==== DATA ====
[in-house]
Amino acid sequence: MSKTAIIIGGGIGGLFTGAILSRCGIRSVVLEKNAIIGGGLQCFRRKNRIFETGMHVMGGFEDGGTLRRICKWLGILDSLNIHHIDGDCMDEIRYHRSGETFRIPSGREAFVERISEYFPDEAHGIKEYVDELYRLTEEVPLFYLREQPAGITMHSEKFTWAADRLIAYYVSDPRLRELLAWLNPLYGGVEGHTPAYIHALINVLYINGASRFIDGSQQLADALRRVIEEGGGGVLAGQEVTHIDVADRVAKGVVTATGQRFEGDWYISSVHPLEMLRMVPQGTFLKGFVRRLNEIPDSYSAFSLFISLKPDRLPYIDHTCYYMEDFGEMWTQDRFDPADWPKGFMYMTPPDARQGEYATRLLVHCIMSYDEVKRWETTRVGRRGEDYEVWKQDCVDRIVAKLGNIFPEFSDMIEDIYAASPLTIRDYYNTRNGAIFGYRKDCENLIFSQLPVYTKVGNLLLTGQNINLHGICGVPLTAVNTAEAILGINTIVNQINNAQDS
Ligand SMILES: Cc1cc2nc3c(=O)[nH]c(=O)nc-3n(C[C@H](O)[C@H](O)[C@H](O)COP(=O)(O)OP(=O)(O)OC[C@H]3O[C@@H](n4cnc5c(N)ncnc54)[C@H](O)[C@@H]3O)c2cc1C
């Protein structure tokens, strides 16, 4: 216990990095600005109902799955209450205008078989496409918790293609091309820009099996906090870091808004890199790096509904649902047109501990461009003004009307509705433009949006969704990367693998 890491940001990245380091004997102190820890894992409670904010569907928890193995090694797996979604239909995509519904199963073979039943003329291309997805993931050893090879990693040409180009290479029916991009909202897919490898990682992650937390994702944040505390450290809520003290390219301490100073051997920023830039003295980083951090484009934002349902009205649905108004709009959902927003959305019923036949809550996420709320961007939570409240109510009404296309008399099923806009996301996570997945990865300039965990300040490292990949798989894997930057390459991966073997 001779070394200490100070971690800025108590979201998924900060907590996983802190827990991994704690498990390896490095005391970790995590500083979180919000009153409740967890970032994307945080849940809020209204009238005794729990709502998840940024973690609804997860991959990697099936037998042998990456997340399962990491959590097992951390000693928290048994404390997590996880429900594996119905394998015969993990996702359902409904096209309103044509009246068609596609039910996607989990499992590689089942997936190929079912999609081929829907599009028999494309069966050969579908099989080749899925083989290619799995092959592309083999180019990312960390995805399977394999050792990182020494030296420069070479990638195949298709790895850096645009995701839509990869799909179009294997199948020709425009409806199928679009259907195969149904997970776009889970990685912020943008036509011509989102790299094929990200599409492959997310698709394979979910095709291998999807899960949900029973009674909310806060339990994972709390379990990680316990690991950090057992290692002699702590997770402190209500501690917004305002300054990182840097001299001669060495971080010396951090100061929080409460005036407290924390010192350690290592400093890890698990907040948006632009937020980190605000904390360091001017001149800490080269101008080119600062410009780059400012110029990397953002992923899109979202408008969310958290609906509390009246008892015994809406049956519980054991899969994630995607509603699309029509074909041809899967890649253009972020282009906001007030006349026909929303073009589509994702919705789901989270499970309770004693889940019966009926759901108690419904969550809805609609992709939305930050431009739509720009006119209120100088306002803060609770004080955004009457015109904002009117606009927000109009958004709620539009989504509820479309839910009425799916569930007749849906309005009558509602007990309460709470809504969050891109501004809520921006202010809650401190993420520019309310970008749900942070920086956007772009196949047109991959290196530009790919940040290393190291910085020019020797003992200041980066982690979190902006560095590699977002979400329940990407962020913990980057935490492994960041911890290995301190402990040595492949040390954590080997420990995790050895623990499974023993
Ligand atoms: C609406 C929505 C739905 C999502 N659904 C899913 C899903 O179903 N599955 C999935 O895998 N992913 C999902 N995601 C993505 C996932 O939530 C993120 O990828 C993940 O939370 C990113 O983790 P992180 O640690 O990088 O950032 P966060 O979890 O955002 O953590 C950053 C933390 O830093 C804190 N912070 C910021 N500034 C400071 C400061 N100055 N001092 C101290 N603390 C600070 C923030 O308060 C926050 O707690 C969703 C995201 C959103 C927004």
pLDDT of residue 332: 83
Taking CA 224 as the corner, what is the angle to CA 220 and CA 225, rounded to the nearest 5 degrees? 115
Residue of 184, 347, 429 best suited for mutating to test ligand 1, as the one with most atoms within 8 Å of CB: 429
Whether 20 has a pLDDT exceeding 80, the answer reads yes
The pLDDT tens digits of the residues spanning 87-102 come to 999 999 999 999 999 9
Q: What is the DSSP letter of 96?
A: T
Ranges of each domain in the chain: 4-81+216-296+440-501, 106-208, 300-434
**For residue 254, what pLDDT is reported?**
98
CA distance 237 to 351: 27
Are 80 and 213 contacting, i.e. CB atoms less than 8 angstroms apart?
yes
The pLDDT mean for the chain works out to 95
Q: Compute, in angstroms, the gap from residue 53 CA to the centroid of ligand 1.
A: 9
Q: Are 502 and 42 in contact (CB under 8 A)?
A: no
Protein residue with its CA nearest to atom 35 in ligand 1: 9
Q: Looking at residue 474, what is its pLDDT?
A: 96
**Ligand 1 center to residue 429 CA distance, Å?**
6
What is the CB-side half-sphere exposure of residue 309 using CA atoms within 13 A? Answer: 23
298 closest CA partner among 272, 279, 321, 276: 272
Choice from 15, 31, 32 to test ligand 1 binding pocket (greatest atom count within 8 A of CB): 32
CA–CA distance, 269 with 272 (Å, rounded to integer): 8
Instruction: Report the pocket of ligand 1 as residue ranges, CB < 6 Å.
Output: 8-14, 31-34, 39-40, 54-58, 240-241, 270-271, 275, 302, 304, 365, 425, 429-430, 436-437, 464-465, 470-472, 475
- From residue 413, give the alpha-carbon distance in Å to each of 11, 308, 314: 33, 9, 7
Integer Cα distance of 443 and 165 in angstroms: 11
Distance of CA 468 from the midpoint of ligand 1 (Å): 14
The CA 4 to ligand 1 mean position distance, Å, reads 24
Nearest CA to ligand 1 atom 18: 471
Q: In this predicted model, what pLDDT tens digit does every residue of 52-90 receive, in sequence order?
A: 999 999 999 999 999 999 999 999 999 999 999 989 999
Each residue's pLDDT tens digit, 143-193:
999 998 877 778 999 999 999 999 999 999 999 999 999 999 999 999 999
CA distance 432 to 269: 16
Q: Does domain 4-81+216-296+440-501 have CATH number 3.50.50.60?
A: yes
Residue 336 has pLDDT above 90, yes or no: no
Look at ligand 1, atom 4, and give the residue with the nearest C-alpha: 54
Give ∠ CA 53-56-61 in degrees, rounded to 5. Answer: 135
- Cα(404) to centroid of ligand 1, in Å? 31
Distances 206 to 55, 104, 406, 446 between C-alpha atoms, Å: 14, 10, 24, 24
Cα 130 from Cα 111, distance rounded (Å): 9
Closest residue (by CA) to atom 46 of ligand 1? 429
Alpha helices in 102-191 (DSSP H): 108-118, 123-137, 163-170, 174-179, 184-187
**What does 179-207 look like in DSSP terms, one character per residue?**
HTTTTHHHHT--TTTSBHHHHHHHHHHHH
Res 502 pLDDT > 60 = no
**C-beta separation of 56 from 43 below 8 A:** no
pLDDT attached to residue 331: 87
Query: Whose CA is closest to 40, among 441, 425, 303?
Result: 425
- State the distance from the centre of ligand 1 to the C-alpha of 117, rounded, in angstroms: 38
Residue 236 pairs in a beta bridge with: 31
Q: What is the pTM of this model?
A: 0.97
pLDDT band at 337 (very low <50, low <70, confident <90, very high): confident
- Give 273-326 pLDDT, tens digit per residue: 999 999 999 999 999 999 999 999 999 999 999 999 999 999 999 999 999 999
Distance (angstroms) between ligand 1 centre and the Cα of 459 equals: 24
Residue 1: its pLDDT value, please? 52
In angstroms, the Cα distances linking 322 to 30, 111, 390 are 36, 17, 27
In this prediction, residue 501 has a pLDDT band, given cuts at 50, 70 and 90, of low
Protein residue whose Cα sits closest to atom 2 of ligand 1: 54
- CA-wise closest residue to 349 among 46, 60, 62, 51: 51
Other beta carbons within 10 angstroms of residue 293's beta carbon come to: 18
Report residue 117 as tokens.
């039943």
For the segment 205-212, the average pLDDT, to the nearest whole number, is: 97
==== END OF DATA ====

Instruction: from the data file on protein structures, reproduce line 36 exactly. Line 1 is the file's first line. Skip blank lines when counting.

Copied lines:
Integer Cα distance of 443 and 165 in angstroms: 11